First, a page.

Friday, 11 November 2011

No poppy for me

Half the population are going around wearing poppies just now, and the other half seem to have them on their car. It's a fine thing that people want to show respect for the thousands and thousands of young men and women that have gone to their death in war... And it's also fine that we all collectively shut our mouths for a couple of minutes once a year and ponder the goddamn hellish misery that is war.

But I'm afraid I can't join in. I can do the silence alright, but the poppy thing just doesn't feel right. I don't doubt the genuine feeling of those around me wearing one, but it isn't for me.

I was listening to the radio a couple of evenings ago. Item 1: David Cameron and Prince William have appealed to FIFA to let England players wear a poppy on a black armband for tomorrow's friendly against Spain. FIFA have agreed. Item 2: A soldier has been killed in Afghanistan.

Does no one else see the connection? Am I the only person who listens to the radio feeling sick? I'd be feeling sick anyway at the thought of another poor (wo)man dying for no reason, but for this news to follow the previous nonsense.... (And, yes, it FOLLOWED it - the poppy thing was a BIGGER DEAL as far as the BBC were concerned.)

David Cameron wears a poppy, and lectures FIFA on the importance of it. But he's the **** who's sending these young people to their death. He has the power to bring them home and yet he carries on regardless. The whole poppy thing has become, to my mind, a grand charade. Establishment figures witter on at great length, in solemn sobre tones, about the ``great sacrifice" made, and ``ultimate price" paid, by these ``fine men and women". They died ``serving their country", and we are ``proud", and so on and so on.... Ordinary folk stand and listen and take it in, and are taken in.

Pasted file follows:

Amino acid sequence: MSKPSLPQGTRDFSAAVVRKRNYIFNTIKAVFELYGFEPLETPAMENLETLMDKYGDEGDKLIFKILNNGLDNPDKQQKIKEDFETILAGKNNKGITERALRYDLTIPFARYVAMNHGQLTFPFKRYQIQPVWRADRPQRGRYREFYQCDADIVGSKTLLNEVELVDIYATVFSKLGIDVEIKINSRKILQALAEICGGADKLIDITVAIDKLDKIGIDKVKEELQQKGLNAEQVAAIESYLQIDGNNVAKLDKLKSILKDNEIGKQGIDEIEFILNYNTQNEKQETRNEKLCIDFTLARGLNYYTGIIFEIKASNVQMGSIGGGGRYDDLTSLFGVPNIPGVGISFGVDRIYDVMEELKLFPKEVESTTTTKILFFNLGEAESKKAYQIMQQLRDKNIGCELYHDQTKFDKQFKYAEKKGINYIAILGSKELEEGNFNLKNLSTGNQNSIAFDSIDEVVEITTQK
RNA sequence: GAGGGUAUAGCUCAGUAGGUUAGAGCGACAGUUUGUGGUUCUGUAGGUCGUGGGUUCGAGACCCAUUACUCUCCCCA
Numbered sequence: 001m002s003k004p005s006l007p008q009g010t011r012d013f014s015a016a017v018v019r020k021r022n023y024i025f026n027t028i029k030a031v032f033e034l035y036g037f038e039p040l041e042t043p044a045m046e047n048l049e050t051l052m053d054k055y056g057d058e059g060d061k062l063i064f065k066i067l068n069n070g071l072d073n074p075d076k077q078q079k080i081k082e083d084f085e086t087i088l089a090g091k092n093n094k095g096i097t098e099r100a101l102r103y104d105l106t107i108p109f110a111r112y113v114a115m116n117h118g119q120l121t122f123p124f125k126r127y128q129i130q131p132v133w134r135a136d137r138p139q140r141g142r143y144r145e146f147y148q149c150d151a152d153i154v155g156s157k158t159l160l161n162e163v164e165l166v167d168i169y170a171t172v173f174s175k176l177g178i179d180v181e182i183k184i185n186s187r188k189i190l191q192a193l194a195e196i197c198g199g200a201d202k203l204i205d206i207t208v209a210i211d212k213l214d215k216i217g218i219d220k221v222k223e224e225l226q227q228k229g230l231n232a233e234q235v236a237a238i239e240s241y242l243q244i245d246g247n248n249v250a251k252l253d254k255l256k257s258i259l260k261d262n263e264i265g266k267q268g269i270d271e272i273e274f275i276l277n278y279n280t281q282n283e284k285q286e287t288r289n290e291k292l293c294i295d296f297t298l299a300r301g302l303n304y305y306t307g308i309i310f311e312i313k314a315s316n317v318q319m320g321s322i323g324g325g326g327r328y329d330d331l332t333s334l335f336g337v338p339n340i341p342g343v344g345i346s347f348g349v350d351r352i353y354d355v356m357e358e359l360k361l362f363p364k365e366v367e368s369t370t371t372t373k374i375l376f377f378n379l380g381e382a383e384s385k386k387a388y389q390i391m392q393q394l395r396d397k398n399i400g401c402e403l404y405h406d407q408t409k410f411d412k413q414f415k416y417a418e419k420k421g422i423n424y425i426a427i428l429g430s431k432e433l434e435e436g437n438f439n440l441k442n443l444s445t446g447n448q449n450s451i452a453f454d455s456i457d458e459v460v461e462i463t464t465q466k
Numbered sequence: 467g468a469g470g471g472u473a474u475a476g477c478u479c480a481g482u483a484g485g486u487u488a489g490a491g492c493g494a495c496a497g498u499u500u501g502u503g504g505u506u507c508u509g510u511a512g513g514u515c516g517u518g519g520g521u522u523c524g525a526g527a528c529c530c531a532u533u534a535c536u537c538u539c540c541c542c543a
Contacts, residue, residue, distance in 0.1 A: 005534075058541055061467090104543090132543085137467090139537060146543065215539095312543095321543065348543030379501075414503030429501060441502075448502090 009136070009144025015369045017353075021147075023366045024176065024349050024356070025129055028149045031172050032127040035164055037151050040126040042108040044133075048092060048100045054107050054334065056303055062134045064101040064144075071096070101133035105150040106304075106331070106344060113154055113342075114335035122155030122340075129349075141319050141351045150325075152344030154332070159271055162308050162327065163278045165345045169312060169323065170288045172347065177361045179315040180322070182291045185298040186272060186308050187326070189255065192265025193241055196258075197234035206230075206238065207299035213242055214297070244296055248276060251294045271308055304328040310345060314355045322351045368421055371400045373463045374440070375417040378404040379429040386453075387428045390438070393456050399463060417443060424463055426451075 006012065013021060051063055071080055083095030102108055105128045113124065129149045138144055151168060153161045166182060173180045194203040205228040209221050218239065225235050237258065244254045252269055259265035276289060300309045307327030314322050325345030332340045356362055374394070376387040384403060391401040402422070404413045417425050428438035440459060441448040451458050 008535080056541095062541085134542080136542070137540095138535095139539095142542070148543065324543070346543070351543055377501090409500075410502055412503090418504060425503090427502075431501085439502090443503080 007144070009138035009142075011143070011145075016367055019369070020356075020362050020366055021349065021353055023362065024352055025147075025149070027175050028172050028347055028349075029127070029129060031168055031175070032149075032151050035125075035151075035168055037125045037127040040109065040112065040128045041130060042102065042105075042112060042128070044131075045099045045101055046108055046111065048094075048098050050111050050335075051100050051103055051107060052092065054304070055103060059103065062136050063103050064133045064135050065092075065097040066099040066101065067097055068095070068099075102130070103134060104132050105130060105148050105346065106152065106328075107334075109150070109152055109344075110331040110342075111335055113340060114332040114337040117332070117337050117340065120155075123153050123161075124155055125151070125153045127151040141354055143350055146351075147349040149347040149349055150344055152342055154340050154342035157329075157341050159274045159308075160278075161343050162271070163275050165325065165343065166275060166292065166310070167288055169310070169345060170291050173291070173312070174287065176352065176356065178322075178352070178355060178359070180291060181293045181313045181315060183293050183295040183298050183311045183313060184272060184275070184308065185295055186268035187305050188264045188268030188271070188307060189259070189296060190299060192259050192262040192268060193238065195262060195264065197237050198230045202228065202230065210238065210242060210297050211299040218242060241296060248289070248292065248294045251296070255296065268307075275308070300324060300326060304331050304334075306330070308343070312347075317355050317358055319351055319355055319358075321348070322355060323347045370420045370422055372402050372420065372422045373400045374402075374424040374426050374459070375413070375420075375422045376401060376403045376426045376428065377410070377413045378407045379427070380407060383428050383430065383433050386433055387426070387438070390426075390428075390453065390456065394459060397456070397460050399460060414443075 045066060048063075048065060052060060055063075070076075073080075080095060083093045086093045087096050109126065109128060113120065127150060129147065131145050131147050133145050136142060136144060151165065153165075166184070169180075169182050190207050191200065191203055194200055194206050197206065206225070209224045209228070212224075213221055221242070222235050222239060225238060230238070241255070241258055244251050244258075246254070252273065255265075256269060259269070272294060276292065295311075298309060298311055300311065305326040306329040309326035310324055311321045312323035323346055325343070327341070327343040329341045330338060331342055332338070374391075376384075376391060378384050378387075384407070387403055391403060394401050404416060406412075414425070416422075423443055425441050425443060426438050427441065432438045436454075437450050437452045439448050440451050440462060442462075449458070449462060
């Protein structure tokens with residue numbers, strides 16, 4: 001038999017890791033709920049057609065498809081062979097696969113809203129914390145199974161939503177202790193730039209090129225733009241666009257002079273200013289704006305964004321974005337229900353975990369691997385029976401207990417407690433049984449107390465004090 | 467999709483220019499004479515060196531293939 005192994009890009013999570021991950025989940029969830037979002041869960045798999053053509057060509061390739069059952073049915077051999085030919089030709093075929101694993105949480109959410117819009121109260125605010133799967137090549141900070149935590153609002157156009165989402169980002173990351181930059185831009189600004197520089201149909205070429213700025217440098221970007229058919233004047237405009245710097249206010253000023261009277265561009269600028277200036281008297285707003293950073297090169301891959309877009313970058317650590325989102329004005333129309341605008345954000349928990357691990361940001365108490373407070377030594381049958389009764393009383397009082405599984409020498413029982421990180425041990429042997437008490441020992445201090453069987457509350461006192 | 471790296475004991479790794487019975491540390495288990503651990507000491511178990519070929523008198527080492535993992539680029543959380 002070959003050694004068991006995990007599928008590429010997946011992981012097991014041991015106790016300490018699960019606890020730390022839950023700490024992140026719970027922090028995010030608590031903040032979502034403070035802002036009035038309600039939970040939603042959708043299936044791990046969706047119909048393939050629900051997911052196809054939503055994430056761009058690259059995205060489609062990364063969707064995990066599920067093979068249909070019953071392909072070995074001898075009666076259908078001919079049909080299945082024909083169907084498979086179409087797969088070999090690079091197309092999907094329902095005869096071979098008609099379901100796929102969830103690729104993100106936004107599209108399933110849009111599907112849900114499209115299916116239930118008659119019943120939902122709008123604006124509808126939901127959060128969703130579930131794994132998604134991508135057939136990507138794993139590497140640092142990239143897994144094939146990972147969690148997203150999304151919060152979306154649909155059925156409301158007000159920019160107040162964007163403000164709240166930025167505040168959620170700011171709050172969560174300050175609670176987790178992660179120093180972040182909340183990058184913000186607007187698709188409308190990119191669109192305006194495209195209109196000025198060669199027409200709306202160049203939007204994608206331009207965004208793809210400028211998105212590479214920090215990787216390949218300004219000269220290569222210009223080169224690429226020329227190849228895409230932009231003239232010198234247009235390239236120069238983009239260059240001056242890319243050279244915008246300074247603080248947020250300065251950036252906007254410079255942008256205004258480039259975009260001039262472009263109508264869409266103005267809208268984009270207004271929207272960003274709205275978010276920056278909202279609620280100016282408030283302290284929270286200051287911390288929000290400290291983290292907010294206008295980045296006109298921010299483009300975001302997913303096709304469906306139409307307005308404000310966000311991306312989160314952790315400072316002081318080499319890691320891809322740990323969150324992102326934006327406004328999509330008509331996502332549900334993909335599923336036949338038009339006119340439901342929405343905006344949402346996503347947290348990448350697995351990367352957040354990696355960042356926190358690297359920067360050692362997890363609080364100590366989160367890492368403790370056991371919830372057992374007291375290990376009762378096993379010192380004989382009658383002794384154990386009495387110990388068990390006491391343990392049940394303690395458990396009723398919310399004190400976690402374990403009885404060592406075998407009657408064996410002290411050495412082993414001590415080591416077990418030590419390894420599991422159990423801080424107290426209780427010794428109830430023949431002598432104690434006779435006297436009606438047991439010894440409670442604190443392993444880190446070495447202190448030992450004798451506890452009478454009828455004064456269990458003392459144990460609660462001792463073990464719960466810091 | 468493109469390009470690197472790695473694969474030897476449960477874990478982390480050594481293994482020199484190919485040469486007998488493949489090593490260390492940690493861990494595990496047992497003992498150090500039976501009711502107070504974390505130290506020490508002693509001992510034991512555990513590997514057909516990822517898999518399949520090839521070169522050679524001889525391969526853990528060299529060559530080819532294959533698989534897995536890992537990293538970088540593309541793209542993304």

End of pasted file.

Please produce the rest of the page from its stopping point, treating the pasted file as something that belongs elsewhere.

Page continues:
These people, David Cameron, Prince William, whoever the hell else, are telling lies. There is no glory, no great sacrifice, no noble cause. Young people are dying in dirty ditches in far off places because the great and mighty of this country can't keep their stinking fingers off other people's treasures. These soldiers are not serving their country, they are serving mammon. They have been trained, and are paid, to use extreme violence so that the people who run this country can extend their power.

It was ever thus, and so, sickeningly, I guess it will ever be.

Wilfred Owen said all this much more beautifully and horribly 95 years ago: they lie to us, they whisper sweet nothings in our ears, but it is not sweet and meet to die for one's country...

Dulce et decorum est
Wilfred Owen

Bent double, like old beggars under sacks,
Knock-kneed, coughing like hags, we cursed through sludge,
Till on the haunting flares we turned our backs
And towards our distant rest began to trudge.
Men marched asleep. Many had lost their boots
But limped on, blood-shod. All went lame; all blind;
Drunk with fatigue; deaf even to the hoots
Of tired, outstripped Five-Nines that dropped behind.
Gas! Gas! Quick, boys! – An ecstasy of fumbling,
Fitting the clumsy helmets just in time;
But someone still was yelling out and stumbling,
And flound'ring like a man in fire or lime . . .
Dim, through the misty panes and thick green light,
As under a green sea, I saw him drowning.
In all my dreams, before my helpless sight,
He plunges at me, guttering, choking, drowning.
If in some smothering dreams you too could pace
Behind the wagon that we flung him in,
And watch the white eyes writhing in his face,
His hanging face, like a devil's sick of sin;
If you could hear, at every jolt, the blood
Come gargling from the froth-corrupted lungs,
Obscene as cancer, bitter as the cud
Of vile, incurable sores on innocent tongues,
My friend, you would not tell with such high zest
To children ardent for some desperate glory,
The old Lie; Dulce et Decorum est
Pro patria mori.